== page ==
James Hansen, one of the world's leading climate scientists, will today call for the chief executives of large fossil fuel companies
to be put on trial for high crimes against humanity and nature,
accusing them of actively spreading doubt about global warming in the
same way that tobacco companies blurred the links between smoking and
Hansen will use the symbolically charged 20th anniversary of his groundbreaking speech
(pdf) to the US Congress - in which he was among the first to sound the
alarm over the reality of global warming - to argue that radical steps
need to be taken immediately if the "perfect storm" of irreversible
climate change is not to become inevitable.
Speaking before Congress again, he will accuse the chief executive officers of companies such as ExxonMobil and Peabody Energy of being fully aware of the disinformation about climate change they are spreading.
In an interview with the Guardian
he said: "When you are in that kind of position, as the CEO of one the
primary players who have been putting out misinformation even via
organisations that affect what gets into school textbooks, then I think
that's a crime."
He is also considering personally targeting
members of Congress who have a poor track record on climate change in
the coming November elections. He will campaign to have several of them
unseated. Hansen's speech to Congress on June 23 1988 is seen as a
seminal moment in bringing the threat of global warming to the public's
attention. At a time when most scientists were still hesitant to speak
out, he said the evidence of the greenhouse gas effect was 99% certain,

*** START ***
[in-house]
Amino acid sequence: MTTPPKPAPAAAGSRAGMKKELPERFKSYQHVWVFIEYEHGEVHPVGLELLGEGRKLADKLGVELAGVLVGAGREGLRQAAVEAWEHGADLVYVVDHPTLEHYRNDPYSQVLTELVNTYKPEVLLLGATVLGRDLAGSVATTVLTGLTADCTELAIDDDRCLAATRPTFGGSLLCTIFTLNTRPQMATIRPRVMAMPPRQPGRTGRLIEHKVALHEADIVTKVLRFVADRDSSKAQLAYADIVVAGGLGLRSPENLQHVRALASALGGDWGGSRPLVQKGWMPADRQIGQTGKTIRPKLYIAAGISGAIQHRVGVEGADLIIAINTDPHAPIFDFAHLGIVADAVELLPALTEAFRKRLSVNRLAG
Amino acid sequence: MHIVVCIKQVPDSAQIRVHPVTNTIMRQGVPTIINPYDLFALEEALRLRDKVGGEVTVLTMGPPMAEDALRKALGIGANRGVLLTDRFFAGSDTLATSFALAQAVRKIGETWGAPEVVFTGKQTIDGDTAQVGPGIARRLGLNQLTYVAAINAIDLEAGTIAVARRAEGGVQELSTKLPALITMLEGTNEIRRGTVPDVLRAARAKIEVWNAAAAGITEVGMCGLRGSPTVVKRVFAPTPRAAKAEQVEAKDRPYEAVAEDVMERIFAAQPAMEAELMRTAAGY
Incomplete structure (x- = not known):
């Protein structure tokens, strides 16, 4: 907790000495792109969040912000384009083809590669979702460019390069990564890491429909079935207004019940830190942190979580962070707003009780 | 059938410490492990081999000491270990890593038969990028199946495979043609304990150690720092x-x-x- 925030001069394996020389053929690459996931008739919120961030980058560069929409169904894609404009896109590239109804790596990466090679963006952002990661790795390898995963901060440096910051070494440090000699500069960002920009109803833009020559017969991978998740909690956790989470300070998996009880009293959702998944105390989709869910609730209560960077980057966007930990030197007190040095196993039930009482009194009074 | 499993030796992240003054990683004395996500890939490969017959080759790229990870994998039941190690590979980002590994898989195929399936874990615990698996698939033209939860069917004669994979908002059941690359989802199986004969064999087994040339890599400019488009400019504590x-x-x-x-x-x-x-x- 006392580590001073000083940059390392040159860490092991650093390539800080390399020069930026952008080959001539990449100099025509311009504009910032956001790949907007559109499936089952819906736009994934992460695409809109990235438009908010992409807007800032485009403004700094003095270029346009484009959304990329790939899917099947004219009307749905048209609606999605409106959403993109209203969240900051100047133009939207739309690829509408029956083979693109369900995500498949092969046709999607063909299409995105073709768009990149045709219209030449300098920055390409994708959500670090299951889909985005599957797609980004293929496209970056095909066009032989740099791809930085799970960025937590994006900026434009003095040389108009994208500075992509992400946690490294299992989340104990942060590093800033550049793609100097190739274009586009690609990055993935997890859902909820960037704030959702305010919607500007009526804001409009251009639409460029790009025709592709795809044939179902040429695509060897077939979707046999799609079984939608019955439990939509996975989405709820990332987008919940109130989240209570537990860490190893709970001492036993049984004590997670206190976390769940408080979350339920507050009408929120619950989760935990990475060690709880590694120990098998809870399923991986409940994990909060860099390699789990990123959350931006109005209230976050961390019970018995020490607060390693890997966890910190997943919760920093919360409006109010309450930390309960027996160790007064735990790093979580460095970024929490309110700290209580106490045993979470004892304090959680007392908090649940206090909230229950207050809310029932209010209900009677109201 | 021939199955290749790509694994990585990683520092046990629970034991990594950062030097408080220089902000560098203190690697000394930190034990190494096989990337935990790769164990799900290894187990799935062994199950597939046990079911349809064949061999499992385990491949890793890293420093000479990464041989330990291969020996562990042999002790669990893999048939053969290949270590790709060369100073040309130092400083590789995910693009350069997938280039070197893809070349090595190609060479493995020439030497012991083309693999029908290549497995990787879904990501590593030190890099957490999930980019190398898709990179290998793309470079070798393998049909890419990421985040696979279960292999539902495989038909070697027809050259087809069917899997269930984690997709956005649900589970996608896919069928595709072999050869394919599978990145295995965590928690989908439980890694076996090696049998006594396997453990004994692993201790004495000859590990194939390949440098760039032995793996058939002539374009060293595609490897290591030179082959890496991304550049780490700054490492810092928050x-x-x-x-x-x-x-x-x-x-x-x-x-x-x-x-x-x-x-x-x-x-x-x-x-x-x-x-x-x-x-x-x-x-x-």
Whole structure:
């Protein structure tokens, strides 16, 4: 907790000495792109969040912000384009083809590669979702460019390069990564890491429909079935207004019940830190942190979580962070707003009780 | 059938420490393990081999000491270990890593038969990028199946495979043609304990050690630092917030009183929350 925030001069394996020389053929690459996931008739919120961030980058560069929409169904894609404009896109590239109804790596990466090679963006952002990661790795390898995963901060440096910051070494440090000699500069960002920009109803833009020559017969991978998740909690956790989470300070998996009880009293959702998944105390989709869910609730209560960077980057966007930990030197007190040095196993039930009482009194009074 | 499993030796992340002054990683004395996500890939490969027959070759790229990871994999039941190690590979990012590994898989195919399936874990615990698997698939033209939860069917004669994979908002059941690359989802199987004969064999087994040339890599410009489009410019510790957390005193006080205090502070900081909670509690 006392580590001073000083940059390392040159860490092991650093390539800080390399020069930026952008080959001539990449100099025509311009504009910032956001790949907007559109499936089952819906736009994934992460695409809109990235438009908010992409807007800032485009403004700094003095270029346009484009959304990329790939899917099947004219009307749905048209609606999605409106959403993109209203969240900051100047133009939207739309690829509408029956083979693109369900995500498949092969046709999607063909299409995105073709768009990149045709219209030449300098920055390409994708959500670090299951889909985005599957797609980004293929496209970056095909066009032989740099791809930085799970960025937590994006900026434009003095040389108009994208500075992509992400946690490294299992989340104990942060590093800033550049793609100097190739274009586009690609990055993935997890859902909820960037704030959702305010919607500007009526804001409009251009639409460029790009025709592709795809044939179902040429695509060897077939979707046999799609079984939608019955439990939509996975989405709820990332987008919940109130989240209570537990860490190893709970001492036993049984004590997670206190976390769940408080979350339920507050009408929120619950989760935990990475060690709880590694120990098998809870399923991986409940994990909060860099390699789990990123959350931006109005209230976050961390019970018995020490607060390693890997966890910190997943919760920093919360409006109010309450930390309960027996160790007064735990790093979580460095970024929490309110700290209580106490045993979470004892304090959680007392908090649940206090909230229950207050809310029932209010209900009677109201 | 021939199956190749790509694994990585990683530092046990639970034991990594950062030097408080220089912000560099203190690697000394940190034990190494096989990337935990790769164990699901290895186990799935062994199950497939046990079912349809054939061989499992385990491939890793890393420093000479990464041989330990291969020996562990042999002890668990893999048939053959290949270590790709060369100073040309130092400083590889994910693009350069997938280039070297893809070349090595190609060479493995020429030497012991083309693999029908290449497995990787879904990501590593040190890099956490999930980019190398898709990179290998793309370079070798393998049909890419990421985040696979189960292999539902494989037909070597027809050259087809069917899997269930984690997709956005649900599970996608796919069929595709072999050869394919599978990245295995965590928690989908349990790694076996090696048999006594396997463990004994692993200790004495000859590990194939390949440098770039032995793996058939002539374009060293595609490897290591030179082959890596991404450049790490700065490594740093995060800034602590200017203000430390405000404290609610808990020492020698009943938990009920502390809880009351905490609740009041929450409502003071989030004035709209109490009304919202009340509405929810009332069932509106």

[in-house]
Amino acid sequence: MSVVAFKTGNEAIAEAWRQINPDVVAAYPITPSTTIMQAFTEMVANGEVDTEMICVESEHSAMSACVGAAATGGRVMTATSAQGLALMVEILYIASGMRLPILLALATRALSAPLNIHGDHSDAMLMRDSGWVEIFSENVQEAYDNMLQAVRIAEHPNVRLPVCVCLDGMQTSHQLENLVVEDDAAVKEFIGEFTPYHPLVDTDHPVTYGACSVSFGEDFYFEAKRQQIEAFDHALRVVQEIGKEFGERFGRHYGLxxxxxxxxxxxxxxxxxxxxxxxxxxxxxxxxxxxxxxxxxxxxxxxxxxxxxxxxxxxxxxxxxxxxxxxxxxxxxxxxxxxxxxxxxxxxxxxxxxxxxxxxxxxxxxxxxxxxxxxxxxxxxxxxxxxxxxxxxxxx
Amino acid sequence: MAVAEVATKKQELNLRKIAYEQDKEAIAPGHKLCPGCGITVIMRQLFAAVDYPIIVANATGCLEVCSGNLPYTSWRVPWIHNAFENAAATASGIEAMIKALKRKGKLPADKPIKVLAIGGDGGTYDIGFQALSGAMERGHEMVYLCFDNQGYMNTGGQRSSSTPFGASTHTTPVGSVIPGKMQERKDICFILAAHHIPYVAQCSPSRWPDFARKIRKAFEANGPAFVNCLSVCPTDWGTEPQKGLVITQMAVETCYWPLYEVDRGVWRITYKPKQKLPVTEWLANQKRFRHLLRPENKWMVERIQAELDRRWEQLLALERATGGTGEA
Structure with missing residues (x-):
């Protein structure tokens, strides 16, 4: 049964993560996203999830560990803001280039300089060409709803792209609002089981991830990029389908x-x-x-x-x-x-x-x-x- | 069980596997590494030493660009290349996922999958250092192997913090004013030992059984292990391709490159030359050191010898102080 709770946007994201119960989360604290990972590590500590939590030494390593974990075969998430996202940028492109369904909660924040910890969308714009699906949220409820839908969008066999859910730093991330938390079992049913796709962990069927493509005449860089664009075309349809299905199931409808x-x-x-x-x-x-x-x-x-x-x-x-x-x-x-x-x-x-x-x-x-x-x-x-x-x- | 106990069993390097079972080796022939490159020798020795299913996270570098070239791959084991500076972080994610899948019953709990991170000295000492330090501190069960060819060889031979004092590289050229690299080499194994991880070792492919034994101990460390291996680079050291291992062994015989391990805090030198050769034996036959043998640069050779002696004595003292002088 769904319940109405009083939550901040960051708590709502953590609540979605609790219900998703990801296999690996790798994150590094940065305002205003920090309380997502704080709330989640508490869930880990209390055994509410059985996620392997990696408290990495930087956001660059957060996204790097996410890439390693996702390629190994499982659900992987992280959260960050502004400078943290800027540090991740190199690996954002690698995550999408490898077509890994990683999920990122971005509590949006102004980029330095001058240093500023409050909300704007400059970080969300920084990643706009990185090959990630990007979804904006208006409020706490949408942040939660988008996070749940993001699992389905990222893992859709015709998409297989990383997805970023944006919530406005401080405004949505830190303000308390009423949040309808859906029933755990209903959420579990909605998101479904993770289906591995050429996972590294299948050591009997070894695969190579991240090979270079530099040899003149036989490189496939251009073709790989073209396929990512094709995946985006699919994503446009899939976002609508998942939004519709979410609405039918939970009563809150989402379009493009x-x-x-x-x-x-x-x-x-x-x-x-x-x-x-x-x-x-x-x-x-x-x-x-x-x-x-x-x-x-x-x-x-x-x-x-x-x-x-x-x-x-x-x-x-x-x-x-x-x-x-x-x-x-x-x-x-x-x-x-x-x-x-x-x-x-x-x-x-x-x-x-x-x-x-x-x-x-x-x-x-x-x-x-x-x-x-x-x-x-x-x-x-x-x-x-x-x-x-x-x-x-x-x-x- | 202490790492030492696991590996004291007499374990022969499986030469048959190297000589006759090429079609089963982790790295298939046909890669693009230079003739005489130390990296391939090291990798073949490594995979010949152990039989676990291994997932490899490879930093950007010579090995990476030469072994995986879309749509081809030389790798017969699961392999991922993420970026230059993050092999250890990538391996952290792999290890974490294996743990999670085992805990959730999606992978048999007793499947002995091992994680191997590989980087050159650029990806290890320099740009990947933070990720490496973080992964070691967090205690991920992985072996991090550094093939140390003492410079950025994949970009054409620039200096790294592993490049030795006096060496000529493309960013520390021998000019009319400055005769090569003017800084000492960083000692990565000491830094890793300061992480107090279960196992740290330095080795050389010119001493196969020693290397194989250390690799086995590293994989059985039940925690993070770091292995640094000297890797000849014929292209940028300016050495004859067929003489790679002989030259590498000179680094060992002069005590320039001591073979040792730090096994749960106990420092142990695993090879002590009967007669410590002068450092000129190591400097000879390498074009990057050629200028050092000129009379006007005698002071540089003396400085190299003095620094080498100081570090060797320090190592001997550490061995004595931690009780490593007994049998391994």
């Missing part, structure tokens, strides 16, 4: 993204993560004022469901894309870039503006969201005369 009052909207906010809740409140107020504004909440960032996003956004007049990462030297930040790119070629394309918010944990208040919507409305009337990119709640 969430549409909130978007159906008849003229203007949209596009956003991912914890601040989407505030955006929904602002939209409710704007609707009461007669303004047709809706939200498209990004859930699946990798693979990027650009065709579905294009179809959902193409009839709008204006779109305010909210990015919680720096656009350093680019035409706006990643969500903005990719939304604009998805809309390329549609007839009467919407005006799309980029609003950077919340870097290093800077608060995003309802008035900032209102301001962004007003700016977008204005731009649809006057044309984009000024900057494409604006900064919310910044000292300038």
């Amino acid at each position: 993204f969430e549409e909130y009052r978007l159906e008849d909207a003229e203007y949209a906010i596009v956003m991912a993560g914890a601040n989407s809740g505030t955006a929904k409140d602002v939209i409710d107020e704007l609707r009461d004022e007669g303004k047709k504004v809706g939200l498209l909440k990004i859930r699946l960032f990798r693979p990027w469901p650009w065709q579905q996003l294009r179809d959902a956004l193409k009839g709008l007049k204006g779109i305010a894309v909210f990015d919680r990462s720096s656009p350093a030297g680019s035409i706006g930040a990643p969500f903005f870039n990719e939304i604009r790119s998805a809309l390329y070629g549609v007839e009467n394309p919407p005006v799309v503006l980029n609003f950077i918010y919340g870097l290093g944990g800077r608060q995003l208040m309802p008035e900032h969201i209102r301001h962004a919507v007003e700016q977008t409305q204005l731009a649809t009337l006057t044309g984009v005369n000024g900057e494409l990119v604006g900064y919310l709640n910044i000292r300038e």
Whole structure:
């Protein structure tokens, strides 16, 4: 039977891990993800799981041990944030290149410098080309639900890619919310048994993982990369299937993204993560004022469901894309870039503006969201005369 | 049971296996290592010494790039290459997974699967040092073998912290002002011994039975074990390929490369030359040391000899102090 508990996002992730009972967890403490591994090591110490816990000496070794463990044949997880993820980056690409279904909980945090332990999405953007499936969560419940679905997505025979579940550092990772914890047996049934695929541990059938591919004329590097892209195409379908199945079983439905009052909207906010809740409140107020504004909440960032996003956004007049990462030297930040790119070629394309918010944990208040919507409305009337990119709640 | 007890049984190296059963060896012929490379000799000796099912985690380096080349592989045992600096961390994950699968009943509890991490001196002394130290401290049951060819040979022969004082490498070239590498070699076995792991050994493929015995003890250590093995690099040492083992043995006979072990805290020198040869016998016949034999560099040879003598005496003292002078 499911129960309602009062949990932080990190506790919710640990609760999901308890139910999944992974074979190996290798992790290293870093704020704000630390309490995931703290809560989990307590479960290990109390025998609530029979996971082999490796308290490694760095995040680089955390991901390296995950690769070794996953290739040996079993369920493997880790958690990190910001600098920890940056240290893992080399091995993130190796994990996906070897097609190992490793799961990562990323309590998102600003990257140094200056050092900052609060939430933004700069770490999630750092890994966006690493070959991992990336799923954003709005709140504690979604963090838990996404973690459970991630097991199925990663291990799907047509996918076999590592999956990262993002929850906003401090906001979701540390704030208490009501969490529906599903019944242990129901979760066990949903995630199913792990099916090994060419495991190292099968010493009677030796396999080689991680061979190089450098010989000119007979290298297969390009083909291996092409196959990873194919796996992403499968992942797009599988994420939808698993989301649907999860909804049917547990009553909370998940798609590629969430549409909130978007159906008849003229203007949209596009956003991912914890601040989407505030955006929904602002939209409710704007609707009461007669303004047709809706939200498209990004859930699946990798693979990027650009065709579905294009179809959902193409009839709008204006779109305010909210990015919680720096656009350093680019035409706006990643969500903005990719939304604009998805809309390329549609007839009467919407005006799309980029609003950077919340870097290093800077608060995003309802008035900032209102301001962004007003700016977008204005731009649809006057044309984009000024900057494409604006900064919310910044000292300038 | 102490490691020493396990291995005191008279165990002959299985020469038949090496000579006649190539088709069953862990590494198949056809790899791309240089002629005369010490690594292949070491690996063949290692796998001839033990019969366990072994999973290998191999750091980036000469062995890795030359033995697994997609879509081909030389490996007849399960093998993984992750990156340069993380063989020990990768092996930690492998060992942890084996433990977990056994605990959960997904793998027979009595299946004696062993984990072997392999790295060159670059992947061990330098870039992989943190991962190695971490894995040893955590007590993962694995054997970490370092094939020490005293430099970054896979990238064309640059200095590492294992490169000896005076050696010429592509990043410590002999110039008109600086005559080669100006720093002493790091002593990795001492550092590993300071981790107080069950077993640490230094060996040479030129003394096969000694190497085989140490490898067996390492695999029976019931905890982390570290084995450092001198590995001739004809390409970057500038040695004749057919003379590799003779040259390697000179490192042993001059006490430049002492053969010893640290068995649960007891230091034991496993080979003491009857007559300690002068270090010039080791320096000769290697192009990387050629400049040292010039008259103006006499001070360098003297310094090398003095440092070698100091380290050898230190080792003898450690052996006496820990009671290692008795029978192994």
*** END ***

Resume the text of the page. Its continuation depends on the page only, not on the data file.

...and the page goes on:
adding "it is time to stop waffling".
He will tell the House
select committee on energy independence and global warming this
afternoon that he is now 99% certain that the concentration of CO2 in
the atmosphere has already risen beyond the safe level.
current concentration is 385 parts per million and is rising by 2ppm a
year. Hansen, who heads Nasa's Goddard Institute for Space Studies in
New York, says 2009 will be a crucial year, with a new US president and
talks on how to follow the Kyoto agreement.
He wants to see a
moratorium on new coal-fired power plants, coupled with the creation of
a huge grid of low-loss electric power lines buried under ground and
spread across America, in order to give wind and solar power a chance
of competing. "The new US president would have to take the initiative
analogous to Kennedy's decision to go to the moon."
His sharpest words
are reserved for the special interests he blames for public confusion
about the nature of the global warming threat. "The problem is not
political will, it's the alligator shoes - the lobbyists. It's the fact
that money talks in Washington, and that democracy is not working the
way it's intended to work."
A group seeking to increase pressure
on international leaders is launching a campaign today called 350.org.
It is taking out full-page adverts in papers such as the New York Times
and the Swedish Falukuriren calling for the target level of CO2 to be
lowered to 350ppm. The advert has been backed by 150 signatories,
This site contains copyrighted material the use of which has not always been specifically authorized by the copyright owner. We are making such material available in our efforts to advance understanding of environmental, political, human rights, economic, democracy, scientific, and social justice issues, etc. We believe this constitutes a 'fair use' of any such copyrighted material as provided for in section 107 of the US Copyright Law. In accordance with Title 17 U.S.C. Section 107, the material on this site is distributed without profit to those who have expressed a prior interest in receiving the included information for research and educational purposes. For more information go to: http://www.law.cornell.edu/uscode/17/107.shtml. If you wish to use copyrighted material from this site for purposes of your own that go beyond 'fair use', you must obtain permission from the copyright owner.